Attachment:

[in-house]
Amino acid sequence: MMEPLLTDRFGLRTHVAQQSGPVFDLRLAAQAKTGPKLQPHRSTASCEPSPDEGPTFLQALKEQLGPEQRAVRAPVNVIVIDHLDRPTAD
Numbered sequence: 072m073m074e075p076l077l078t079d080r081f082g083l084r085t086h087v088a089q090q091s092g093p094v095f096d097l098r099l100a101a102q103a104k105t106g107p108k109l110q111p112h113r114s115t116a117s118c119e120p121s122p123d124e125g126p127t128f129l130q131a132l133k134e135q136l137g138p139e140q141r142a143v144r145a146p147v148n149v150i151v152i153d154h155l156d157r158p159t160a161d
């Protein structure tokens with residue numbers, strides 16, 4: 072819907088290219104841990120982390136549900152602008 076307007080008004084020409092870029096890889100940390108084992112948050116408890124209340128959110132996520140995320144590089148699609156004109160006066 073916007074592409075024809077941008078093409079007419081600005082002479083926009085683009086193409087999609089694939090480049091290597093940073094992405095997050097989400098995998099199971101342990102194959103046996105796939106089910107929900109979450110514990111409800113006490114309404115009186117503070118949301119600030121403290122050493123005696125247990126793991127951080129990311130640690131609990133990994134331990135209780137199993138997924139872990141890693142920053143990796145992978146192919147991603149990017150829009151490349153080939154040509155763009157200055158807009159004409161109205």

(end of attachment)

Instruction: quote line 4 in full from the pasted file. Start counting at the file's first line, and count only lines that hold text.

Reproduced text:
């Protein structure tokens with residue numbers, strides 16, 4: 072819907088290219104841990120982390136549900152602008 076307007080008004084020409092870029096890889100940390108084992112948050116408890124209340128959110132996520140995320144590089148699609156004109160006066 073916007074592409075024809077941008078093409079007419081600005082002479083926009085683009086193409087999609089694939090480049091290597093940073094992405095997050097989400098995998099199971101342990102194959103046996105796939106089910107929900109979450110514990111409800113006490114309404115009186117503070118949301119600030121403290122050493123005696125247990126793991127951080129990311130640690131609990133990994134331990135209780137199993138997924139872990141890693142920053143990796145992978146192919147991603149990017150829009151490349153080939154040509155763009157200055158807009159004409161109205």